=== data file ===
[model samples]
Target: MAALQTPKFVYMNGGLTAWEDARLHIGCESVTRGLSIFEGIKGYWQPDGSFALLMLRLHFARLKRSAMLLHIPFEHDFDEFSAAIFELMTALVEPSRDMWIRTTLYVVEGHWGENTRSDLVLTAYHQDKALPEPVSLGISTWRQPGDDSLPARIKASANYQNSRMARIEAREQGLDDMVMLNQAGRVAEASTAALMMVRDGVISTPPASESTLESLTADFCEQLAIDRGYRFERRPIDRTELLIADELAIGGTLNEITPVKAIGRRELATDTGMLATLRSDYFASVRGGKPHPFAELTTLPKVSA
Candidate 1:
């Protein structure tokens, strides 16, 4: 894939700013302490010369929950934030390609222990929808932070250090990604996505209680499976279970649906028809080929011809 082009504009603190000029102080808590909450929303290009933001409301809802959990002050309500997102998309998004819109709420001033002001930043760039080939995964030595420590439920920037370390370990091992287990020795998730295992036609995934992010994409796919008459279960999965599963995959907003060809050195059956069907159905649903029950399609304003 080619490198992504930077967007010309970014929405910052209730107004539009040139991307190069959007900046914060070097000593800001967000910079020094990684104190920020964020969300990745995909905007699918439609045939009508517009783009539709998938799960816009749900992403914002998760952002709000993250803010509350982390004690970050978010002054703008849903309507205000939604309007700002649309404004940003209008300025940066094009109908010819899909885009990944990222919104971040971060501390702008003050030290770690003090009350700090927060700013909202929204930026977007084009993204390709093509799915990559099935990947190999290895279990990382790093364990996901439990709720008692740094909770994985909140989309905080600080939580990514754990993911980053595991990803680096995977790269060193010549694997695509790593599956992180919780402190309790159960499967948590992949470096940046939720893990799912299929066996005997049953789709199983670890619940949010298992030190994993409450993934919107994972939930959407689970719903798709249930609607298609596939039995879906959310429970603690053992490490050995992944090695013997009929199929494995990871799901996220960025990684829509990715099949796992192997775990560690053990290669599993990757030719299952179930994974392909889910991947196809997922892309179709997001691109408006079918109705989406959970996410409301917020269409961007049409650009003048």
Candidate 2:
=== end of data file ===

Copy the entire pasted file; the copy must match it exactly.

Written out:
[model samples]
Target: MAALQTPKFVYMNGGLTAWEDARLHIGCESVTRGLSIFEGIKGYWQPDGSFALLMLRLHFARLKRSAMLLHIPFEHDFDEFSAAIFELMTALVEPSRDMWIRTTLYVVEGHWGENTRSDLVLTAYHQDKALPEPVSLGISTWRQPGDDSLPARIKASANYQNSRMARIEAREQGLDDMVMLNQAGRVAEASTAALMMVRDGVISTPPASESTLESLTADFCEQLAIDRGYRFERRPIDRTELLIADELAIGGTLNEITPVKAIGRRELATDTGMLATLRSDYFASVRGGKPHPFAELTTLPKVSA
Candidate 1:
């Protein structure tokens, strides 16, 4: 894939700013302490010369929950934030390609222990929808932070250090990604996505209680499976279970649906028809080929011809 082009504009603190000029102080808590909450929303290009933001409301809802959990002050309500997102998309998004819109709420001033002001930043760039080939995964030595420590439920920037370390370990091992287990020795998730295992036609995934992010994409796919008459279960999965599963995959907003060809050195059956069907159905649903029950399609304003 080619490198992504930077967007010309970014929405910052209730107004539009040139991307190069959007900046914060070097000593800001967000910079020094990684104190920020964020969300990745995909905007699918439609045939009508517009783009539709998938799960816009749900992403914002998760952002709000993250803010509350982390004690970050978010002054703008849903309507205000939604309007700002649309404004940003209008300025940066094009109908010819899909885009990944990222919104971040971060501390702008003050030290770690003090009350700090927060700013909202929204930026977007084009993204390709093509799915990559099935990947190999290895279990990382790093364990996901439990709720008692740094909770994985909140989309905080600080939580990514754990993911980053595991990803680096995977790269060193010549694997695509790593599956992180919780402190309790159960499967948590992949470096940046939720893990799912299929066996005997049953789709199983670890619940949010298992030190994993409450993934919107994972939930959407689970719903798709249930609607298609596939039995879906959310429970603690053992490490050995992944090695013997009929199929494995990871799901996220960025990684829509990715099949796992192997775990560690053990290669599993990757030719299952179930994974392909889910991947196809997922892309179709997001691109408006079918109705989406959970996410409301917020269409961007049409650009003048």
Candidate 2: